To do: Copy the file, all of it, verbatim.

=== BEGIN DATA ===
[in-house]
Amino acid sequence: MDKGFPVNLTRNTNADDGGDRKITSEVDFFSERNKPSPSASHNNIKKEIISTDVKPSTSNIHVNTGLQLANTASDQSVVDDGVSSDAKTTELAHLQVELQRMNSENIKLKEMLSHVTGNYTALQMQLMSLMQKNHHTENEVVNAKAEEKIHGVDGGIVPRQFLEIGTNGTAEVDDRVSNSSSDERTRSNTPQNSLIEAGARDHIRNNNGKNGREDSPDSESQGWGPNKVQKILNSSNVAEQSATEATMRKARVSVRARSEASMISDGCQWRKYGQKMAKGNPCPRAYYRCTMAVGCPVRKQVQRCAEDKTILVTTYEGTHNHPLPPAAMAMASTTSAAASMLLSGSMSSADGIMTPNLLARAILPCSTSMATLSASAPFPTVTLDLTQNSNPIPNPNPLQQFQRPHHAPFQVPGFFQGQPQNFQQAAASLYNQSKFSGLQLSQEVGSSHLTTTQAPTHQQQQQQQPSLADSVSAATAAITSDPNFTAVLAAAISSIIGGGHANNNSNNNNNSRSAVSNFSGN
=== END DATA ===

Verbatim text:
[in-house]
Amino acid sequence: MDKGFPVNLTRNTNADDGGDRKITSEVDFFSERNKPSPSASHNNIKKEIISTDVKPSTSNIHVNTGLQLANTASDQSVVDDGVSSDAKTTELAHLQVELQRMNSENIKLKEMLSHVTGNYTALQMQLMSLMQKNHHTENEVVNAKAEEKIHGVDGGIVPRQFLEIGTNGTAEVDDRVSNSSSDERTRSNTPQNSLIEAGARDHIRNNNGKNGREDSPDSESQGWGPNKVQKILNSSNVAEQSATEATMRKARVSVRARSEASMISDGCQWRKYGQKMAKGNPCPRAYYRCTMAVGCPVRKQVQRCAEDKTILVTTYEGTHNHPLPPAAMAMASTTSAAASMLLSGSMSSADGIMTPNLLARAILPCSTSMATLSASAPFPTVTLDLTQNSNPIPNPNPLQQFQRPHHAPFQVPGFFQGQPQNFQQAAASLYNQSKFSGLQLSQEVGSSHLTTTQAPTHQQQQQQQPSLADSVSAATAAITSDPNFTAVLAAAISSIIGGGHANNNSNNNNNSRSAVSNFSGN